Does it work?


Can Epimedium act as a 'herbal Viagra'?


The release of Viagra in 1998 led to a sexual revolution of sorts. Suddenly, erectile dysfunction, or ED, was something men were allowed to talk about. Many men were reported to have the condition, and now something could be done about it. Sales of Viagra shot through the roof and soon similar pharmaceuticals were launched by competitors.

Herbal manufacturers were quick to add their products to the mix leading to a range of “herbal Viagra” products. One of the most popular came with a market-ready name: horny goat weed. The story is that, fadó fadó, a lonely goat herder in China noticed that his billy goats were particularly interested in the females after grazing in certain areas. He watched them carefully and saw that their interest peaked after eating a particular weed. This soon developed a reputation as an aphrodisiac and is now promoted for “sexual enhancement”.

The herbal remedy is made from several species of the genus Epimedium, with the extract usually called “epimedium”. Some claim it works like testosterone, leading to even more interest among body-builders. The evidence suggests otherwise.


A study published in 2008 examined several herbal remedies with reputations for increasing men’s sexual performance. They were tested against the enzyme that Viagra inhibits. Of all the herbs tested, only epimedium inhibited it. Hence the claims that epimedium is “herbal Viagra”.

The researchers purified the active ingredient from epimedium, which is called icariin. In its pure form, it is about 100 times less active than Viagra. Further research has chemically modified icariin to make more powerful derivatives. One of these has similar potency against the enzyme as Viagra. In addition, it does not cause some of the chemical reactions that give rise to some of Viagra’s side effects. Further research is being conducted on this compound.

Meanwhile, research is continuing on epimedium extract itself. Studies in animals have confirmed that it has similar effects to Viagra, though very much weaker. Studies in humans are very scarce. Four Chinese studies have been found, but only one used a control group. The other three simply asked participants if their sexual performance improved while taking the herb. Almost all the men said it did.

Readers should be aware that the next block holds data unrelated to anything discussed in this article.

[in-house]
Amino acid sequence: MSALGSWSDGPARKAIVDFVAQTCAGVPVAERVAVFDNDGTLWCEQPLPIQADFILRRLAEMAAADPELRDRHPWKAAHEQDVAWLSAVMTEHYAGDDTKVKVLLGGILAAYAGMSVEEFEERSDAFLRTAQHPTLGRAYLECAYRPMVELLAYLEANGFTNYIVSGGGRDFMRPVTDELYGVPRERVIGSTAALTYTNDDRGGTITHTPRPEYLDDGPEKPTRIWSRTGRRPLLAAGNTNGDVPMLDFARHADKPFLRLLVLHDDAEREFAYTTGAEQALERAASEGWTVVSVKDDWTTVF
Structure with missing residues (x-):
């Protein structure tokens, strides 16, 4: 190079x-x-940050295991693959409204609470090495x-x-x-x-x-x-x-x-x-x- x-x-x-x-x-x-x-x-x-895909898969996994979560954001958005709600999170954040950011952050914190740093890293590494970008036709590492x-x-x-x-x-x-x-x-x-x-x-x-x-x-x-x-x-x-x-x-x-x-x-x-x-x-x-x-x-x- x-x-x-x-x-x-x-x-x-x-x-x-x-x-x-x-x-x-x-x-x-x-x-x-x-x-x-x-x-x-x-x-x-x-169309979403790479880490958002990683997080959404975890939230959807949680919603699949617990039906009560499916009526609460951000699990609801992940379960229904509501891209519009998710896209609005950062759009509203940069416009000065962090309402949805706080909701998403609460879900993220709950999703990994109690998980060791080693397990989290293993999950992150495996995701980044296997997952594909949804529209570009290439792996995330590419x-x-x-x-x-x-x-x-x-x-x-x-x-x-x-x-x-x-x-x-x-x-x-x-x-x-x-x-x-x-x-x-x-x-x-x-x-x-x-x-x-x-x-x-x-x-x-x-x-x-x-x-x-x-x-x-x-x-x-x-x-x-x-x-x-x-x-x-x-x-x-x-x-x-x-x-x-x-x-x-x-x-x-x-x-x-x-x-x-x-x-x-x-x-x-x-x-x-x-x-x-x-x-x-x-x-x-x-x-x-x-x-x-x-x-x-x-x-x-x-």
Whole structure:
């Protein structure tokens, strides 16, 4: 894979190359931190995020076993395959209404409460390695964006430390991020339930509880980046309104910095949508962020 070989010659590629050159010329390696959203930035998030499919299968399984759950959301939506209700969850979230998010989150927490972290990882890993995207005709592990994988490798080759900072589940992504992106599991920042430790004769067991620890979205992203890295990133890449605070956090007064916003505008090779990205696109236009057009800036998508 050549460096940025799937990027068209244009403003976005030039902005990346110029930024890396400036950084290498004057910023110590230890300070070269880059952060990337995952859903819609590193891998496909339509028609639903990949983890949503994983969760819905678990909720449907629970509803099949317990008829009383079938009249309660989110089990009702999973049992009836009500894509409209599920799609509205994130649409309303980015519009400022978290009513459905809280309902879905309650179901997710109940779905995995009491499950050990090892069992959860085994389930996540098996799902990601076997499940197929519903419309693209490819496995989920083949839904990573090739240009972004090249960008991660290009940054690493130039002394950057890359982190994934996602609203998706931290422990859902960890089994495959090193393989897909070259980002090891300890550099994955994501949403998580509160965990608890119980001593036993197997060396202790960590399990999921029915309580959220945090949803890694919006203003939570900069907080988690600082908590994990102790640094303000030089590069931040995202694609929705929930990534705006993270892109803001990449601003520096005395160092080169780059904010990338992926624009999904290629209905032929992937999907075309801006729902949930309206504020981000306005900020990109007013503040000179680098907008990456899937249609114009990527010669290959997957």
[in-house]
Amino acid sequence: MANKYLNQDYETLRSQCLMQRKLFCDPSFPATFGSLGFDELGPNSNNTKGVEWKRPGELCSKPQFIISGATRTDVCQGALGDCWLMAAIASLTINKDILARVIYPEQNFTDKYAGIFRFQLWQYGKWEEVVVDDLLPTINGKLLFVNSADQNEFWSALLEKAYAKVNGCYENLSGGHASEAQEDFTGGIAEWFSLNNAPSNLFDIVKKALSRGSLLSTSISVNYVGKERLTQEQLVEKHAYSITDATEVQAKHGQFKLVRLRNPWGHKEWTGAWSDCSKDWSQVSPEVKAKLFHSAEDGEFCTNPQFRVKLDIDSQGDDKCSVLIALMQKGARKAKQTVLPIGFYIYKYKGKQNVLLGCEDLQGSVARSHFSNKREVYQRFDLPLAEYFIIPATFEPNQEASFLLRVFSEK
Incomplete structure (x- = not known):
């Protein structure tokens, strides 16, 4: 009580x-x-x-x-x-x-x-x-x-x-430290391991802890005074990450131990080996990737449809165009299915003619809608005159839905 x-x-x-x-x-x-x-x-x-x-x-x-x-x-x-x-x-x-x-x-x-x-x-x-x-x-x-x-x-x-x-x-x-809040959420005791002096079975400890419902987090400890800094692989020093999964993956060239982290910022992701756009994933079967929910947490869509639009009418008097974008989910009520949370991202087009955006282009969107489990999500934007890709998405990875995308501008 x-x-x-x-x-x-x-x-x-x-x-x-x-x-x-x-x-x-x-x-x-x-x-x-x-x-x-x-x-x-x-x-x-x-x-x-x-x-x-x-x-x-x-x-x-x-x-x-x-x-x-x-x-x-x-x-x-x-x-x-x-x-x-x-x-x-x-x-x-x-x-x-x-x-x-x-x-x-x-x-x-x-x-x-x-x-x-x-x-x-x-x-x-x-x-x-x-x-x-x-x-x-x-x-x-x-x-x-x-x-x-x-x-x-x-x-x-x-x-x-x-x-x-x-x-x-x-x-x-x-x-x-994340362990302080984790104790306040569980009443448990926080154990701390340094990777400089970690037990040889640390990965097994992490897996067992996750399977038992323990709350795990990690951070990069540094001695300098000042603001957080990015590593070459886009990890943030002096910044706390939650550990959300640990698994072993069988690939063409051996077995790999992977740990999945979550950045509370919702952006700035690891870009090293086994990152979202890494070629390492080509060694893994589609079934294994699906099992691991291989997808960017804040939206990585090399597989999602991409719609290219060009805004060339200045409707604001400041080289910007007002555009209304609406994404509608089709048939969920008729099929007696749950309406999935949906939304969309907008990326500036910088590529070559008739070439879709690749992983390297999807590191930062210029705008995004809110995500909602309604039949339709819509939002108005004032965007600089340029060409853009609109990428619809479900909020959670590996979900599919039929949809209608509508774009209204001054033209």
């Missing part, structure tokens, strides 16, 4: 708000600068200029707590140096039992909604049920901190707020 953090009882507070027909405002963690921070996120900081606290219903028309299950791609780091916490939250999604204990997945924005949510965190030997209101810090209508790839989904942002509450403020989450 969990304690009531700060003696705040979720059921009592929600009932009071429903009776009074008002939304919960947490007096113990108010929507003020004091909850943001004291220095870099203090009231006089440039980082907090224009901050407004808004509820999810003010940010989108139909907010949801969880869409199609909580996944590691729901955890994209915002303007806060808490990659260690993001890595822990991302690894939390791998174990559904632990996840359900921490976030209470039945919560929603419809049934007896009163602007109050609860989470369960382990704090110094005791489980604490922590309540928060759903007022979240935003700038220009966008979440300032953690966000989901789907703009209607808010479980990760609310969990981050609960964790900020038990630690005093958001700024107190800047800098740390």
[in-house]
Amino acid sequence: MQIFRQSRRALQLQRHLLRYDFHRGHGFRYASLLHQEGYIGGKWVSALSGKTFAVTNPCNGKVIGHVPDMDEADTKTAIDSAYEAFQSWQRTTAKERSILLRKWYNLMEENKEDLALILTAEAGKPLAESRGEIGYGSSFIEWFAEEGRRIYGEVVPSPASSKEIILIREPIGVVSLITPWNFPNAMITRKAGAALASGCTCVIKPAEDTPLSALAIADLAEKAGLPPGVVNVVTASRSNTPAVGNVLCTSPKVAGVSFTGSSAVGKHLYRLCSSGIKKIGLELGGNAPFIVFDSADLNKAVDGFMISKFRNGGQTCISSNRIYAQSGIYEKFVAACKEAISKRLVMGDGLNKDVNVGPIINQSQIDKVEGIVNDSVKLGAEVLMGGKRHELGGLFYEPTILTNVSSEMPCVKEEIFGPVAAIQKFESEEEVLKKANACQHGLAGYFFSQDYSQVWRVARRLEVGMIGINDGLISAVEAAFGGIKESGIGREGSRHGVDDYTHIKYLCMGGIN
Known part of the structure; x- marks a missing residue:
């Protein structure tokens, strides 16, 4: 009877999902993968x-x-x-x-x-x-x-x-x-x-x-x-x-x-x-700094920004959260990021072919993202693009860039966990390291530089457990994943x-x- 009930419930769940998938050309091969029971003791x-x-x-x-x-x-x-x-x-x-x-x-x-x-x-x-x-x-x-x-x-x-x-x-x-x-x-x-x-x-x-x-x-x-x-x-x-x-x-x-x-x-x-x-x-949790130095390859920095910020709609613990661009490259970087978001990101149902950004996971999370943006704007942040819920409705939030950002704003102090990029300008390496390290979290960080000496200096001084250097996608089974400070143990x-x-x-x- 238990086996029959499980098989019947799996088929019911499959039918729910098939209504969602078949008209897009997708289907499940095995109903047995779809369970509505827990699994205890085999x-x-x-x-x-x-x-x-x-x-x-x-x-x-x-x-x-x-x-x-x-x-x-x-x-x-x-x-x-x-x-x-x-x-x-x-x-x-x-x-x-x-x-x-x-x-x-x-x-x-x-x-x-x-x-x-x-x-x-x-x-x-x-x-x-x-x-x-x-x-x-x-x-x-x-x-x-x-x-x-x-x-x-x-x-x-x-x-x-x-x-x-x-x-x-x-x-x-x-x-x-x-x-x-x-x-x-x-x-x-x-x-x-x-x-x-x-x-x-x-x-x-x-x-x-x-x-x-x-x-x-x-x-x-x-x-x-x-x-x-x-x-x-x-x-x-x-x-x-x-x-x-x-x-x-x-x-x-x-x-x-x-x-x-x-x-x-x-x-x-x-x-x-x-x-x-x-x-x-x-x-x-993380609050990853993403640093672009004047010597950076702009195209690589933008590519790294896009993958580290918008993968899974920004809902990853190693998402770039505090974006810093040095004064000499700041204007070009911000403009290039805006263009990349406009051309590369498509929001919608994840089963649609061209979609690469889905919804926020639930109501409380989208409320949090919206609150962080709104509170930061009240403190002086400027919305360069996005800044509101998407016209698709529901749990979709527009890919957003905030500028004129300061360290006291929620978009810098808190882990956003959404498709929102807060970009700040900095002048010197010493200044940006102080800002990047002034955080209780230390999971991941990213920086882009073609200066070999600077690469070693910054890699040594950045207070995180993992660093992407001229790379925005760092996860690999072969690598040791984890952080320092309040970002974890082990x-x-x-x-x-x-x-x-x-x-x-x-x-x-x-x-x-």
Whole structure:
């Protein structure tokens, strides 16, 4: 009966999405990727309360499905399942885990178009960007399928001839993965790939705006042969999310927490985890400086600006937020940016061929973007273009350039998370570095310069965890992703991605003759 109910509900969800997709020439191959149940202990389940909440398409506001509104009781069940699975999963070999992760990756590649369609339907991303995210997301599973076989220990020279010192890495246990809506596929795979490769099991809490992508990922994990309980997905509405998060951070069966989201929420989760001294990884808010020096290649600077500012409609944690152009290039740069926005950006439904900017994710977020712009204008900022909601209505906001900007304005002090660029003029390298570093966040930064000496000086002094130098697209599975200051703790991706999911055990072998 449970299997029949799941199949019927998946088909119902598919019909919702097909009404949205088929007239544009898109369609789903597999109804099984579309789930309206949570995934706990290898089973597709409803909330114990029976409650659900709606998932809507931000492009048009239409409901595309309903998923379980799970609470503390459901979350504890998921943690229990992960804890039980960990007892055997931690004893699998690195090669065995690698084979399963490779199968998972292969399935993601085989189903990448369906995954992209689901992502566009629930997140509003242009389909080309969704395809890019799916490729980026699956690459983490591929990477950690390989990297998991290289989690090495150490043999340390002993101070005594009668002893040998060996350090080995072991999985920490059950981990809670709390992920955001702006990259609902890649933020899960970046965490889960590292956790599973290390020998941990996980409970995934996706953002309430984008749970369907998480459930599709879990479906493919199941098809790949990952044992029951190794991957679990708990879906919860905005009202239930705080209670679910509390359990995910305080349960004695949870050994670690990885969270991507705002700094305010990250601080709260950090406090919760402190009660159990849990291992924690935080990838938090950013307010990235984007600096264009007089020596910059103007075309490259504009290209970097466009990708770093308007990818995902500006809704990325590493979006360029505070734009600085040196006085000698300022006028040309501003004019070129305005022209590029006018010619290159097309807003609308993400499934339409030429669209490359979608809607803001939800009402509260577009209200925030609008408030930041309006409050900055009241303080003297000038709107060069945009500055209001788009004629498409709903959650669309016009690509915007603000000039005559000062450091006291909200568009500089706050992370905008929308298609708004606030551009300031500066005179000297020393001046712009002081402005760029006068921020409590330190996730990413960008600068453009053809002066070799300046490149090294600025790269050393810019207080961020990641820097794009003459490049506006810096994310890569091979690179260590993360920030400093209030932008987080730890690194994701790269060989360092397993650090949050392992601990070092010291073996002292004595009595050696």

Such surveys provide weak evidence of effectiveness. Without a control group, it is impossible to know why the changes occurred. Simply being part of a study can be enough to produce changes, especially with a complex and subjective trait like sexual performance.


The herb seems to have few adverse effects, although very little information is available. Given that epimedium has Viagra-like effects, men with heart problems or taking heart medication should talk to their doctors before using epimedium.

Another serious problem is that herbal remedies sold for sexual enhancement are commonly contaminated. A 2009 study purchased 26 such products in the US. Fifteen contained one of the active pharmaceutical compounds like Viagra. Earlier this year, the UK Medicines and Healthcare products Regulatory Agency warned against using “herbal Viagra” products. In its own survey, it found that 65 per cent of such products were contaminated with pharmaceuticals, some containing higher doses than recommended for the medicines. Regulatory agencies have recently recalled specific products in the Netherlands, Canada, Australia, Singapore and Hong Kong.


In spite of horny goat weed’s widespread promotion, little is known about its effectiveness or safety. Some preliminary research suggests that pharmaceuticals made from the active ingredient in epimedium may be useful in treating ED. As with any new drug, extensive clinical trials are needed before it can be approved for use.

Horny goat weed is promoted as part of a culture focused on sexual performance. At a fraction of the cost, and without the need to talk to anyone, epimedium appears to offer a simple solution. However, ED can be a symptom of a serious underlying medical condition that should be medically evaluated. Also, purchasing “herbal Viagra” is clearly not safe given the high degree of adulterated products. This is especially problematic as those with ED often have heart conditions, which could be negatively affected by the adulterants.

Dónal O’Mathúna has a PhD in pharmacy, researching herbal remedies, and an MA in bioethics, and is a senior lecturer in the School of Nursing, Dublin City University. He is author of Alternative Medicine: The Christian Handbook, Updated and Expanded Edition, Zondervan, 2007